There are three poisoned chalices in government: health, housing and education - and two of them have just converged in a rather spectacular fashion.
Put health aside for the time being, Minister David Clark's got enough on his hands squabbling with the nurses over their pay and conditions.
There was certainly no raising of the chalices of the other two in celebration, more like drowning their sorrows.
Phil Twyford was, in his words, opening the door to affordable home ownership, which was little more than a public relations exercise. He invited aspiring home owners to register their interest in a ballot for a KiwiBuild home which was a bit like taking a stab in the dark.
Far from opening the door, there's still not a door to open - the first house has yet to make its appearance and over the next year just 1000 doors will beckon the ballots. And to qualify for a key to your phantom household you'll have to be earning less than $120,000 if you're a singleton and $180,000 if you have a partner.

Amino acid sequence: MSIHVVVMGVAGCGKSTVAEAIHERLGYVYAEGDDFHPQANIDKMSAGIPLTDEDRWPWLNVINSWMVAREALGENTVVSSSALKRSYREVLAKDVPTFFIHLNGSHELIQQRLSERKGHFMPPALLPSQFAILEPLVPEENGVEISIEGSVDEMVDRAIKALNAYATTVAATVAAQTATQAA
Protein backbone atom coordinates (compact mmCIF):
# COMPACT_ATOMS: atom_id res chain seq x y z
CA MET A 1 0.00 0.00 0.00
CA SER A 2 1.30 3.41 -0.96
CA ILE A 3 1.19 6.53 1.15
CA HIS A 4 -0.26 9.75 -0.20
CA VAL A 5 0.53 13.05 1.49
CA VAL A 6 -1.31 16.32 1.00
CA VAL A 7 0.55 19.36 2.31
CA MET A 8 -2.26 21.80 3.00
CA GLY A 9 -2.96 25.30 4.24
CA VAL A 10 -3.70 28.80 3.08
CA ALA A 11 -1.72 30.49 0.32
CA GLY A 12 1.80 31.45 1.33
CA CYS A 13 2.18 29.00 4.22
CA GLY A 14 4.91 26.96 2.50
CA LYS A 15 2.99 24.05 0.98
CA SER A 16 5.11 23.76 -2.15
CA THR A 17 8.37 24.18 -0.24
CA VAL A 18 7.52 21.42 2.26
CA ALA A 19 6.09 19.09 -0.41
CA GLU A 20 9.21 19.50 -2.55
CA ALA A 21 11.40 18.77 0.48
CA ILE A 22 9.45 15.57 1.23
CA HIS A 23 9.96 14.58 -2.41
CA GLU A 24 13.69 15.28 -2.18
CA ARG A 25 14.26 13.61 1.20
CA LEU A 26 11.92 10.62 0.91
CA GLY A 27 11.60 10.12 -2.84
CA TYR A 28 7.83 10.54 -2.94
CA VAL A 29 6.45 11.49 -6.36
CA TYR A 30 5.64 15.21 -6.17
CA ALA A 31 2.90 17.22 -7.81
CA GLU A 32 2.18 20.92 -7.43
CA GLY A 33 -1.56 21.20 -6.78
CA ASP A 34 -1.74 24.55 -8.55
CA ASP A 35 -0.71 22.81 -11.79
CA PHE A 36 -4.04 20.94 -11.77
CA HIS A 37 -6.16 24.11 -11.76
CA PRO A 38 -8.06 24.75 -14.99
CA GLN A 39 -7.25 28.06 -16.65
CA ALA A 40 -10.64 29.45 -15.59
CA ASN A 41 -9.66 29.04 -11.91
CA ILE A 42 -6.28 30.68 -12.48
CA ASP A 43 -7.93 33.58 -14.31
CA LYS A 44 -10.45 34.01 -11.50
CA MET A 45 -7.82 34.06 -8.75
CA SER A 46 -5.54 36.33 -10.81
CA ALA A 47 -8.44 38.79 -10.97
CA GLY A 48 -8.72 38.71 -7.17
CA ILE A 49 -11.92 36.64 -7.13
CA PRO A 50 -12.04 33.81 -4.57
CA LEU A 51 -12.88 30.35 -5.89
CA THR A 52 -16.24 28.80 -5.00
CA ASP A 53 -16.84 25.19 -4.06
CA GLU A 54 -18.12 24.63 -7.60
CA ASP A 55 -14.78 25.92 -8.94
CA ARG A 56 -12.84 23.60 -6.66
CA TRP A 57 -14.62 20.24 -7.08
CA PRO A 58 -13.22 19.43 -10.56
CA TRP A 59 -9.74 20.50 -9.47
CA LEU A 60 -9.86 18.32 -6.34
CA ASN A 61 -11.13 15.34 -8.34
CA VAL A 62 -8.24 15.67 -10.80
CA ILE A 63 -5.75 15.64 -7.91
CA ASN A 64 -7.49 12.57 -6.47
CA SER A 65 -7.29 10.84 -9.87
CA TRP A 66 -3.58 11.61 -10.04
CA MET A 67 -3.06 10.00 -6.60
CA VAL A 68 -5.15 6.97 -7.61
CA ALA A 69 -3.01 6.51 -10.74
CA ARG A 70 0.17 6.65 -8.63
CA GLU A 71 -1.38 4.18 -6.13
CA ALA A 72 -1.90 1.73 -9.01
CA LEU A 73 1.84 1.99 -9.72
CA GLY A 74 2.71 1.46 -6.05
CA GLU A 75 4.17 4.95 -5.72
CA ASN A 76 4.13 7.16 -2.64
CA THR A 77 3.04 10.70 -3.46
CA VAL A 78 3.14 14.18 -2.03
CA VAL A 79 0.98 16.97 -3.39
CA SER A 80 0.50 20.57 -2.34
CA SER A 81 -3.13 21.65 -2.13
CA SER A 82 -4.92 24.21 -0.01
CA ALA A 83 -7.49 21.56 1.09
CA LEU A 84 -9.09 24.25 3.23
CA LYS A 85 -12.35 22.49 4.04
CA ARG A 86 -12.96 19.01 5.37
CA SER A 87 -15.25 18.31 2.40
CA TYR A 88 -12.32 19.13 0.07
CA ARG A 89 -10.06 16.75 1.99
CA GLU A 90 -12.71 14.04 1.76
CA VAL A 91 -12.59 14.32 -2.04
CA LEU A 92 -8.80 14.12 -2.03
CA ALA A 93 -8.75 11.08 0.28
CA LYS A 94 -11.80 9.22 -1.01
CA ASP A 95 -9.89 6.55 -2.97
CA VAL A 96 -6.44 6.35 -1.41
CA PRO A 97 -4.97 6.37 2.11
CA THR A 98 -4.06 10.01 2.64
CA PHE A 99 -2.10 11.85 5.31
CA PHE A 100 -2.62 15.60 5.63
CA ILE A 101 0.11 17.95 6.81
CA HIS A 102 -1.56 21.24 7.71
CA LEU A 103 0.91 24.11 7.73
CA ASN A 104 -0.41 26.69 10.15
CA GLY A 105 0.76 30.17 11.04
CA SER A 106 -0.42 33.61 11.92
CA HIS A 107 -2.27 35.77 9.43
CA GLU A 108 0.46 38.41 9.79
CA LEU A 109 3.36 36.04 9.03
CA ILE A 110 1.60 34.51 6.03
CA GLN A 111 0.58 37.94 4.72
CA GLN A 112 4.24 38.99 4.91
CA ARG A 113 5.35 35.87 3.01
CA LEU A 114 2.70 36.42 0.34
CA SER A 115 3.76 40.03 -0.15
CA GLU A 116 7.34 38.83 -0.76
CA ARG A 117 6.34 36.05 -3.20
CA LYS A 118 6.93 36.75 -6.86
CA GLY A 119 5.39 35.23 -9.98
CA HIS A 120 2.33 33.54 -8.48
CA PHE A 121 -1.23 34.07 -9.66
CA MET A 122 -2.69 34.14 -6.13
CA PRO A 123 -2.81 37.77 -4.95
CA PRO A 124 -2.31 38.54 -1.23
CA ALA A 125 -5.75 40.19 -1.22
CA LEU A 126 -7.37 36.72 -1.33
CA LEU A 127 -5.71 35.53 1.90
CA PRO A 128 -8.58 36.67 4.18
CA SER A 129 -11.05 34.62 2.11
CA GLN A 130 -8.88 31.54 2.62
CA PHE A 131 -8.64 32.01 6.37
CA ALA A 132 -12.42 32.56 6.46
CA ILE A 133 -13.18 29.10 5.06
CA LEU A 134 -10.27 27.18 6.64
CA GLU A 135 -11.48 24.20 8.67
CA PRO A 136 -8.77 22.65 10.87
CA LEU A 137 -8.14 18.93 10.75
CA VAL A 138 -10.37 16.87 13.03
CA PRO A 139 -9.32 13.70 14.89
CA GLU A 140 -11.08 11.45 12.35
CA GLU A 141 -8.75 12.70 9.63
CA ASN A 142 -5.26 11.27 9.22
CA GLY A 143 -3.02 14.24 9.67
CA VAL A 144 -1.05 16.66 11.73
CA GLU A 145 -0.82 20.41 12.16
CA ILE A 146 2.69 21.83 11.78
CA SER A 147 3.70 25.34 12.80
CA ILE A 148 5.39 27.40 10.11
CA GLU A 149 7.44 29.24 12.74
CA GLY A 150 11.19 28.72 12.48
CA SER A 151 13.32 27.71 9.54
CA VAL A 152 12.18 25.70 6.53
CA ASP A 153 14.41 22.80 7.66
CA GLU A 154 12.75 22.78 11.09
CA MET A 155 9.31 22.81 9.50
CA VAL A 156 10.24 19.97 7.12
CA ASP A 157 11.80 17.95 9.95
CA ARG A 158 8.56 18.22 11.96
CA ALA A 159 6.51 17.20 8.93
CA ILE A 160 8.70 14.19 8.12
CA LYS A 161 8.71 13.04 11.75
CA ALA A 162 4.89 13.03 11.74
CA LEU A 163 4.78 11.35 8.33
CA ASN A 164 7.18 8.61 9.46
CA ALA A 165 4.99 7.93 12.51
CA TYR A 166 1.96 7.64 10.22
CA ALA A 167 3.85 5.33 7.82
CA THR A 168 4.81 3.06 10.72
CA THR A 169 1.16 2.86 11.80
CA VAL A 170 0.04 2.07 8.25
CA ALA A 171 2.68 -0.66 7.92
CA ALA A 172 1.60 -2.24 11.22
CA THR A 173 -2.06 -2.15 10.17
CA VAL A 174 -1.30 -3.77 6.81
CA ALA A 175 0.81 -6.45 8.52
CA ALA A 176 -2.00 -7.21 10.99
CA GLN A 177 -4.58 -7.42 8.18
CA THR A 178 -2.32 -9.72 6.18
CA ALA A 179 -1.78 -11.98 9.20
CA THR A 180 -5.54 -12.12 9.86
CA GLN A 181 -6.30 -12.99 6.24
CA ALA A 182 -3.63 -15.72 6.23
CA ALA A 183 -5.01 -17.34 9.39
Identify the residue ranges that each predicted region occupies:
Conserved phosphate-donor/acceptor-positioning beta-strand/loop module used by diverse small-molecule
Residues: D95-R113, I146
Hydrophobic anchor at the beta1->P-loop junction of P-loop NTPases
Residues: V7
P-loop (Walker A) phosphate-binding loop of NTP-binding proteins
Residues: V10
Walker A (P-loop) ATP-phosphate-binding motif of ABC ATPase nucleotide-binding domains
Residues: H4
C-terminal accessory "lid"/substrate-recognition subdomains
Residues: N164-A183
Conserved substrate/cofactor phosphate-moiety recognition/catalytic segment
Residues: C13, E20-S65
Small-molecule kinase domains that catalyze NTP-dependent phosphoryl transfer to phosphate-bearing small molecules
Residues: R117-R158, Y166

Unfortunately it looks as though it's shaping up to be a middle class housing programme where you'd certainly need that level of income to cope with the mortgage, with the current average expected to be $650,000 and rising.
The idea of the half gallon, quarter acre, Pavlova Paradise that people of my generation expected as they scoffed and watched the kids on the trampoline in the backyard is long since gone. These days it's more like a stubby, 150 square metres and a meringue cupcake if you're lucky.
National's making hay while the building blocks are being put in place, but there's no reason for them to crow. They did little in terms of a house building programme until their final months in government but at the same time refused to acknowledge there was a housing crisis.
Still it seems they weren't averse to our country's biggest technology institute Unitec in Auckland's Mt Albert selling off 30ha of land to housing developers, until Labour got a whiff of it which is where the education chalice has been shattered.
Labour snaffled the land for its KiwiBuild programme, promising an elusive 3000-4000 apartments and Coronation Street terraced homes.
Unitec's now in dire financial straits, with the Minister Chris Hipkins likely to sack the institute's council and replace it with a commissioner. One of the main reasons cited for the polytechnic's black hole is a fall in student numbers.
It seems you can't even give away an education these days!